16 EXECUTIVE SUMMARY following program completion. This year s PAM Report presents recidivism and cost effectiveness results for the 138 programs that released at least 15 youth during the one-year period between July 1, 2005 and June 30, Boot camps were included in the analysis but were removed from the tables due to their closure. Highlights include: Sixteen of the programs, representing 11.6% of the 138 facilities evaluated, had PAM scores of 80 or higher, a decrease of 27% over last year. Thirty-four and a half percent of facilities were ranked as Highly Effective or Effective last year, compared to 30.3% performing at this level this year, representing a decrease of approximately four percentage points. Most (78.5%) Highly Effective programs fell into the High Cost category, while one program Highly Effective program (Nassau Juvenile Residential Facility) fell into the low cost category. The majority of the Least Effective programs were either Low Cost or Moderate Cost (72.2%) facilities. Eighteen programs or 13.6% of the facilities examined were deemed Least Effective. Five of these programs were categorized as Low Cost, which means their low PAM rankings were primarily due to their higher-than-expected recidivism rates. The table on the following page lists the male and female programs with the five highest and five lowest PAM scores. Five Highest and Lowest PAM Scores by Gender FY Program Name* Five Highest PAM Scores - Female PAM Score Recidivism Rate 1 Cost Per Completion Number of Completions Alachua Juvenile Residential Facility² 82 16% $26, Project STEP II - Female 79 19% $6, Bowling Green New Beginnings - Diversified Behavioral Health Solutions, 76 18% $37, Desoto Dual Diagnosed Correctional Facility Moderate Risk - Female 75 19% $41, Live Oak Girls Juvenile Residential Facility² 75 25% $16, Five Highest PAM Scores - Male Kissimmee Juvenile Correctional Facility Sex Offender Program (SOP) 96 13% $71, St. Johns Juvenile Correctional Facility 94 17% $84, GOALS Program² 91 24% $31, Columbus Juvenile Residential Facility 88 22% $75, Eckerd Intensive Halfway House 87 25% $53, Five Lowest PAM Scores - Female Sawmill Academy² 60 37% $15, Umatilla Juvenile Residential Facility² 59 33% $56, Joann Bridges Academy 57 37% $30, White Foundation Family Homes - Female² 41 48% $24, Desoto Dual Diagnosed Correctional Facility High Risk - Female 35 39% $268, Five Lowest PAM Scores - Male Broward Intensive Halfway House 51 57% $48, Polk Halfway House 46 64% $31, Marion Juvenile Correctional Facility - Three Springs, Inc % $44, Greenville Hills Academy - MERIT² 40 68% $27, Palm Beach Juvenile Correctional Facility 40 65% $37, Percentages have been rounded to the nearest whole percent. 2 Program either closed, changed names, changed providers or had a structural programatic change. Executive Summary Comprehensive Accountability Report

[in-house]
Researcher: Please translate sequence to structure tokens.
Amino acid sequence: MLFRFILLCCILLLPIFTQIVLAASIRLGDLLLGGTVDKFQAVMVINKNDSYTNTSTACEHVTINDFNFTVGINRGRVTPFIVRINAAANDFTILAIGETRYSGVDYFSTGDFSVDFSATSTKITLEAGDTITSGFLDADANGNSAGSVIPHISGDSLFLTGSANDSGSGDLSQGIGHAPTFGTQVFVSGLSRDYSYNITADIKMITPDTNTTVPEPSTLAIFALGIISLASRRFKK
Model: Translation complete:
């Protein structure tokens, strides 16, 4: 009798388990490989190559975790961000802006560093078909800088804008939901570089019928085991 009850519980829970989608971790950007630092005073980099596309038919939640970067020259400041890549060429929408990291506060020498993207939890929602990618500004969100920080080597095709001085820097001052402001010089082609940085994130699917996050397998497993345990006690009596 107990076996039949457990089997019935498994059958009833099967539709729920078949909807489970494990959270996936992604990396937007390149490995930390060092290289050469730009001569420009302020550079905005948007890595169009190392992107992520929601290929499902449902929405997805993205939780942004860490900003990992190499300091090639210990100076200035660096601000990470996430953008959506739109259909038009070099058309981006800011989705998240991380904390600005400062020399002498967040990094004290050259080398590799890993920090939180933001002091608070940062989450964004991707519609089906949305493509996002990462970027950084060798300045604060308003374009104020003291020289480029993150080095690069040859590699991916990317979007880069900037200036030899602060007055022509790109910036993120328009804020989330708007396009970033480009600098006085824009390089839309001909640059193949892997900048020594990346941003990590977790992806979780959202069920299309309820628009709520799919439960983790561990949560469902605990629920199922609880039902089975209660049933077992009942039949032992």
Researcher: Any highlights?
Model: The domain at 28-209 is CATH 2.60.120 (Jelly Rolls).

17 EXECUTIVE SUMMARY Residential Program Report Card This marks the second year the Department is using the report card format for residential programs. This is in response to a request by the Florida Legislature to summarize program effectiveness into one concise document. The Report Card presents Quality Assurance scores, recidivism outcomes, cost-effectiveness, incident rates, and contract compliance, with a single summary program score for each individual residential program. All report cards are in alphabetical order in volume two of this report. Report Card Example Program Expenditures: State and Federal Funding The program expenditure tables in this report provide total state versus federal expenditures for juvenile justice programs and include self-reported federal expenditures from private provider organizations. The source documents from which these amounts were derived are as follows: FLAIR Report at Level 2 for period July 1, June 30, 2006; Schedule of Expenditures of Federal Awards for the fiscal year ended June 30, 2005; and program cost affidavits submitted by private provider organizations. The first two sources are submitted to the Florida Department of Financial Services and used by the State Auditor General's Office for their audit of the Department's expenditures of federal funds. Florida Department of Juvenile Justice Executive Summary Comprehensive Accountability Report 15